All About Halloween

Every child knows Halloween as a holiday where they get to dress up as their favorite people, characters or things and go around and collect candy from the neighborhood.  I remember as a child it was always one of my favorite holidays, fantastical and sometimes a little crazy.  How often as a child, however, do you remember thinking, “How did trick or treating start?  Why do we dress up?”  My guess is probably never.  It is, however, exactly the type of thing that we think of here at Atmospheric Noise.

In truth, the origins of Halloween are very muddled.  It has ties to Western European harvest festivals, pagan rituals, Christian feasts, among others.  The term “Halloween” dates back to about 1745, coming from “All Hallows’ Eve,” which has a past in and of itself!   Many of today’s Halloween customs have been influenced by Celtic customs and beliefs, some from pagan beliefs and others from Celtic Christianity.  There are many holidays toward the end of the year that celebrate the harvests, and also the coming of winter.  Samhain, for example, is seen as a time when the spirits or fairies are able to come into our world more readily and are even more active than normal.  Feasts forSamhain are often held where the souls of the dead kin were beckoned to attend and a place was set for them at the table, as people believed the dead could revisit their families on these nights.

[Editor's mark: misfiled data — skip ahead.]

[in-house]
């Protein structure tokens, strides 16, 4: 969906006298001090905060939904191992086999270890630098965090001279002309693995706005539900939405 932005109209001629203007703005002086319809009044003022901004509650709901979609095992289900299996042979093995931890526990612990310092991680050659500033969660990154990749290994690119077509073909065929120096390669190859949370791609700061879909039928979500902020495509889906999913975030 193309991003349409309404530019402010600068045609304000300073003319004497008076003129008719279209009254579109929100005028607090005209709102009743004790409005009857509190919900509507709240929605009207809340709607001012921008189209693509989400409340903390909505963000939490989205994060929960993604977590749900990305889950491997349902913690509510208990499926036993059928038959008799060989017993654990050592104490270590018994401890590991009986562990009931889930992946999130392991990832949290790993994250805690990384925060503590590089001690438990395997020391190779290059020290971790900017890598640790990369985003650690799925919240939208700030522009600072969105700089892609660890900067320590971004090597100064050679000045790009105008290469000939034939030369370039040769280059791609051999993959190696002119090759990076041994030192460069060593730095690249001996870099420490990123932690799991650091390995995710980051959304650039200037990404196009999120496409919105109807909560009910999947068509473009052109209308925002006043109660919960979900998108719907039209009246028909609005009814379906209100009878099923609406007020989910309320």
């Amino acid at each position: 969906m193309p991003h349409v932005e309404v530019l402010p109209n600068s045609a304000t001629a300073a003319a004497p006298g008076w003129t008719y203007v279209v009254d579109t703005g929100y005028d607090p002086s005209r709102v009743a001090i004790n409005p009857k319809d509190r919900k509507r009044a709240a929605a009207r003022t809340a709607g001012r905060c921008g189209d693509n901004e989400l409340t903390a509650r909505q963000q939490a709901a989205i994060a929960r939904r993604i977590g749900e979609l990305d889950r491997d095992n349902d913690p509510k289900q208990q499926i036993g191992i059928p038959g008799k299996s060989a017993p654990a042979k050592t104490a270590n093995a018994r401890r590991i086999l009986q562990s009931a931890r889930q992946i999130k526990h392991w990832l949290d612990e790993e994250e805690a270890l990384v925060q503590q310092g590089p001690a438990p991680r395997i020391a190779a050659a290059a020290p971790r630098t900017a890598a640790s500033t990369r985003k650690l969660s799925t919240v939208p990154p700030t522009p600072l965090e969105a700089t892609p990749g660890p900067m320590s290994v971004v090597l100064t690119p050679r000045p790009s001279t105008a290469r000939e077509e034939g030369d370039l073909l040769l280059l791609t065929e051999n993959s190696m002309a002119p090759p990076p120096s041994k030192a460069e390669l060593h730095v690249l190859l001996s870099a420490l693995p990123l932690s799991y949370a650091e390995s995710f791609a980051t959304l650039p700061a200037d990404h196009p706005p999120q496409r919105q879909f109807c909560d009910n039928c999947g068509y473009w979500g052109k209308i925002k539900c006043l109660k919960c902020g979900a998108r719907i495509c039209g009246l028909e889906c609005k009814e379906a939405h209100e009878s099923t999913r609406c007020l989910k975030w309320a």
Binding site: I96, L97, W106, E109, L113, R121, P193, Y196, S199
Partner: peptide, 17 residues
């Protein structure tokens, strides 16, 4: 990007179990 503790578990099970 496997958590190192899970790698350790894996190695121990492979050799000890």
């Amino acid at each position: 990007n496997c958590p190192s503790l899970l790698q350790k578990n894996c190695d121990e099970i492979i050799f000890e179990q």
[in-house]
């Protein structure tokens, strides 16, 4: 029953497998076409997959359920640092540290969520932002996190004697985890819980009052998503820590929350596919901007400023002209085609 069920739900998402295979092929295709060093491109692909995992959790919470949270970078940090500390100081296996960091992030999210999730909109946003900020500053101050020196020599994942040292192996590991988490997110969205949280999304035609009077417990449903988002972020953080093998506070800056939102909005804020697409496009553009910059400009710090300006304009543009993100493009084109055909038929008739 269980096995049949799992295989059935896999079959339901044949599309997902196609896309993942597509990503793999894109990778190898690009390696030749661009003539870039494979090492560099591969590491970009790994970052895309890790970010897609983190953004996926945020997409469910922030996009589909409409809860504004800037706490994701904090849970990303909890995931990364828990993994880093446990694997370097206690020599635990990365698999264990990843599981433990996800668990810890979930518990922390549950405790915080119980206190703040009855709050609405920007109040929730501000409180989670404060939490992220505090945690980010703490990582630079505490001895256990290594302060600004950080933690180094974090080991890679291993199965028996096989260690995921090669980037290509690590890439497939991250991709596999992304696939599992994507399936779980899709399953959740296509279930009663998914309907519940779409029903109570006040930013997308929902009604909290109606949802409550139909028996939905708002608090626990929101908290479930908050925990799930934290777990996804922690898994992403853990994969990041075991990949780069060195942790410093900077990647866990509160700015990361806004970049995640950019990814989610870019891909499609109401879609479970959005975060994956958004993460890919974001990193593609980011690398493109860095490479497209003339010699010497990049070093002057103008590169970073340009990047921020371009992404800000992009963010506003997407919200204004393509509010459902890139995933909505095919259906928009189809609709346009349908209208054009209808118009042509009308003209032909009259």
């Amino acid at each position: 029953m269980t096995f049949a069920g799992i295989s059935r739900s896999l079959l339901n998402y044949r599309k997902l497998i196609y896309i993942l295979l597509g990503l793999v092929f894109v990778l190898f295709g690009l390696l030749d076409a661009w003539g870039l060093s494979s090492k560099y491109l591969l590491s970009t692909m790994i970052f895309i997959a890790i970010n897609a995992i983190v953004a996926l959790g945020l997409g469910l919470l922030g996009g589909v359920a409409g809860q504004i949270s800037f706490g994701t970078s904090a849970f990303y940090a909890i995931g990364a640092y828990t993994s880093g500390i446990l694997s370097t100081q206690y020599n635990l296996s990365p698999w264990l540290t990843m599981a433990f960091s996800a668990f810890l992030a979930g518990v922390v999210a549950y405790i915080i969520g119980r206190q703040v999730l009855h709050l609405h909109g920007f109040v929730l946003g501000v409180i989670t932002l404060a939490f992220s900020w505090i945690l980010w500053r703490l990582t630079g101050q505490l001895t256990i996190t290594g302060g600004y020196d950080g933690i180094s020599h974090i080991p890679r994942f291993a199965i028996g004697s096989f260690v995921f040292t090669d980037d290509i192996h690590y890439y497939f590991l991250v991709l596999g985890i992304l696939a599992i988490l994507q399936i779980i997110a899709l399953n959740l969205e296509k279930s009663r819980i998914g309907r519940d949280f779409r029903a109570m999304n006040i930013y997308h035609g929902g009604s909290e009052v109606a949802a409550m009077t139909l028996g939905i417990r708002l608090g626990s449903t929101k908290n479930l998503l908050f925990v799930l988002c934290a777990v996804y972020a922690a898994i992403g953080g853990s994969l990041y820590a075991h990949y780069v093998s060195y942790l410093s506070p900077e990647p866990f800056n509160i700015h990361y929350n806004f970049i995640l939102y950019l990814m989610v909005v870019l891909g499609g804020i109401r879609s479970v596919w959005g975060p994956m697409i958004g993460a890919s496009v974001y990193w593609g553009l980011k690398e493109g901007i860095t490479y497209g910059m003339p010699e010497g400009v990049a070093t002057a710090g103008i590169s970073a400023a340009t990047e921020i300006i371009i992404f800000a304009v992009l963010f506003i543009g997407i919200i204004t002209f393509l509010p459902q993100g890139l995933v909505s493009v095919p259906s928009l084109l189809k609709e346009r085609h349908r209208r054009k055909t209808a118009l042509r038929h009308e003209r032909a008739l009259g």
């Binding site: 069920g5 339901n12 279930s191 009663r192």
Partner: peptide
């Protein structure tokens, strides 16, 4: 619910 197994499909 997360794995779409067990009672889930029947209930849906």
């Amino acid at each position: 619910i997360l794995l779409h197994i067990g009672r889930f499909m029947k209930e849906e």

In Scottish and Irish culture, guising (or dressing up) can be traced back to at least the 18th century, where people would dress up and go door to door and sing songs or recite poems in exchange for food. A similar practice can be seen in Christianity for All Souls’ Day or All Saints day, called souling.  On this holiday, people would bake small cakes (called souls) and hand them out to children and the poor who came door to door.  Traditional “souling” songs would be sung, such as:

A soul! a soul! a soul-cake!
Please good Missis, a soul-cake!

An apple, a pear, a plum, or a cherry,

Any good thing to make us all merry.

One for Peter, two for Paul

Three for Him who made us all.

In southern Ireland, guisers would follow a man dressed as a Láir Bhán (a white mare), who would lead them house to house collecting food.  In return for the food, the households would receive good fortune from the Muck Olla (the god of the dead in Celtic culture).  There are even more instances of an early form of trick or treating throughout different cultures, partially due to a mostly universal belief that the veil between worlds was thin on this night and spirits could be warded off by human wanderers.

Even Jack-o-Lantern’s have a place in history, having started out being a primitive sort of lighting for guisers carved out of turnips or mangel wurzels, hollowed out with grotesque faces to represent spirits or goblins, and filled with a candle to light the way.  They were very common in Ireland and Scottish culture, but can be found in almost every society.

As you can tell, the history of Halloween is as much a mixing pot from history as our society is as a whole!